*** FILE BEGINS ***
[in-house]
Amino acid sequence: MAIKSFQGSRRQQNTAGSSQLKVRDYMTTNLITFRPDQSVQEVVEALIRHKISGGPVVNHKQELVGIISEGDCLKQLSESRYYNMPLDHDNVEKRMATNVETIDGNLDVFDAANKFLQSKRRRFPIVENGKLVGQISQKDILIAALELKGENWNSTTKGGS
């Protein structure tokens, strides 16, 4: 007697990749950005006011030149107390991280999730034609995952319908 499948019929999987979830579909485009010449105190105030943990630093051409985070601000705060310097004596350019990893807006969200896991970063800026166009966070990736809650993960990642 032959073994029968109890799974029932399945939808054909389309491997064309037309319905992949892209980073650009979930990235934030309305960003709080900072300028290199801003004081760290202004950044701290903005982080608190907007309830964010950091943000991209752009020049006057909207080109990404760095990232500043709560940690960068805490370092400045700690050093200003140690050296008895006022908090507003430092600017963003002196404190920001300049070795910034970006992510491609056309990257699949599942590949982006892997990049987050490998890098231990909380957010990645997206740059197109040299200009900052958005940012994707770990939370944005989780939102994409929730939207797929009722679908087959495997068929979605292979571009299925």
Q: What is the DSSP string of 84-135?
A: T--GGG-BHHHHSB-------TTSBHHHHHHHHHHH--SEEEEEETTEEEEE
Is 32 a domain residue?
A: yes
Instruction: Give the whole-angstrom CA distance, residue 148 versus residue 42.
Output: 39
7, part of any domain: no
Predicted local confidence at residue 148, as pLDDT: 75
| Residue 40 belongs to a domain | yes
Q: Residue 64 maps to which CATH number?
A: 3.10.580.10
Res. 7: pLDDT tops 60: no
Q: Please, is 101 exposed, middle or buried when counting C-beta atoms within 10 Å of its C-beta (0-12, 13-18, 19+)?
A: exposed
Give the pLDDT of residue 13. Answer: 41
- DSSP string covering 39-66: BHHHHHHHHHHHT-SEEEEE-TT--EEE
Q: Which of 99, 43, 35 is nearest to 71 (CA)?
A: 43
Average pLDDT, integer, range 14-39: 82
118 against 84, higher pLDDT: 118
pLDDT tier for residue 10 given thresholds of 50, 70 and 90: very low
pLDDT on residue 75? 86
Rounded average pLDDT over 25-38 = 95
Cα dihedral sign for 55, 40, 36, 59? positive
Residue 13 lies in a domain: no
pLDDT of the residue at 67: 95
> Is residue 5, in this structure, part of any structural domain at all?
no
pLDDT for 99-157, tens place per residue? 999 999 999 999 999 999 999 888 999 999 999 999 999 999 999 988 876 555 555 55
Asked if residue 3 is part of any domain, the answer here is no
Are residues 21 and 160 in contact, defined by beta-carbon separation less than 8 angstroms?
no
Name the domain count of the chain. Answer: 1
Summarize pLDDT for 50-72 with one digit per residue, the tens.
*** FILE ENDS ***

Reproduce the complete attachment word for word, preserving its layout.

[in-house]
Amino acid sequence: MAIKSFQGSRRQQNTAGSSQLKVRDYMTTNLITFRPDQSVQEVVEALIRHKISGGPVVNHKQELVGIISEGDCLKQLSESRYYNMPLDHDNVEKRMATNVETIDGNLDVFDAANKFLQSKRRRFPIVENGKLVGQISQKDILIAALELKGENWNSTTKGGS
């Protein structure tokens, strides 16, 4: 007697990749950005006011030149107390991280999730034609995952319908 499948019929999987979830579909485009010449105190105030943990630093051409985070601000705060310097004596350019990893807006969200896991970063800026166009966070990736809650993960990642 032959073994029968109890799974029932399945939808054909389309491997064309037309319905992949892209980073650009979930990235934030309305960003709080900072300028290199801003004081760290202004950044701290903005982080608190907007309830964010950091943000991209752009020049006057909207080109990404760095990232500043709560940690960068805490370092400045700690050093200003140690050296008895006022908090507003430092600017963003002196404190920001300049070795910034970006992510491609056309990257699949599942590949982006892997990049987050490998890098231990909380957010990645997206740059197109040299200009900052958005940012994707770990939370944005989780939102994409929730939207797929009722679908087959495997068929979605292979571009299925």
Q: What is the DSSP string of 84-135?
A: T--GGG-BHHHHSB-------TTSBHHHHHHHHHHH--SEEEEEETTEEEEE
Is 32 a domain residue?
A: yes
Instruction: Give the whole-angstrom CA distance, residue 148 versus residue 42.
Output: 39
7, part of any domain: no
Predicted local confidence at residue 148, as pLDDT: 75
| Residue 40 belongs to a domain | yes
Q: Residue 64 maps to which CATH number?
A: 3.10.580.10
Res. 7: pLDDT tops 60: no
Q: Please, is 101 exposed, middle or buried when counting C-beta atoms within 10 Å of its C-beta (0-12, 13-18, 19+)?
A: exposed
Give the pLDDT of residue 13. Answer: 41
- DSSP string covering 39-66: BHHHHHHHHHHHT-SEEEEE-TT--EEE
Q: Which of 99, 43, 35 is nearest to 71 (CA)?
A: 43
Average pLDDT, integer, range 14-39: 82
118 against 84, higher pLDDT: 118
pLDDT tier for residue 10 given thresholds of 50, 70 and 90: very low
pLDDT on residue 75? 86
Rounded average pLDDT over 25-38 = 95
Cα dihedral sign for 55, 40, 36, 59? positive
Residue 13 lies in a domain: no
pLDDT of the residue at 67: 95
> Is residue 5, in this structure, part of any structural domain at all?
no
pLDDT for 99-157, tens place per residue? 999 999 999 999 999 999 999 888 999 999 999 999 999 999 999 988 876 555 555 55
Asked if residue 3 is part of any domain, the answer here is no
Are residues 21 and 160 in contact, defined by beta-carbon separation less than 8 angstroms?
no
Name the domain count of the chain. Answer: 1
Summarize pLDDT for 50-72 with one digit per residue, the tens.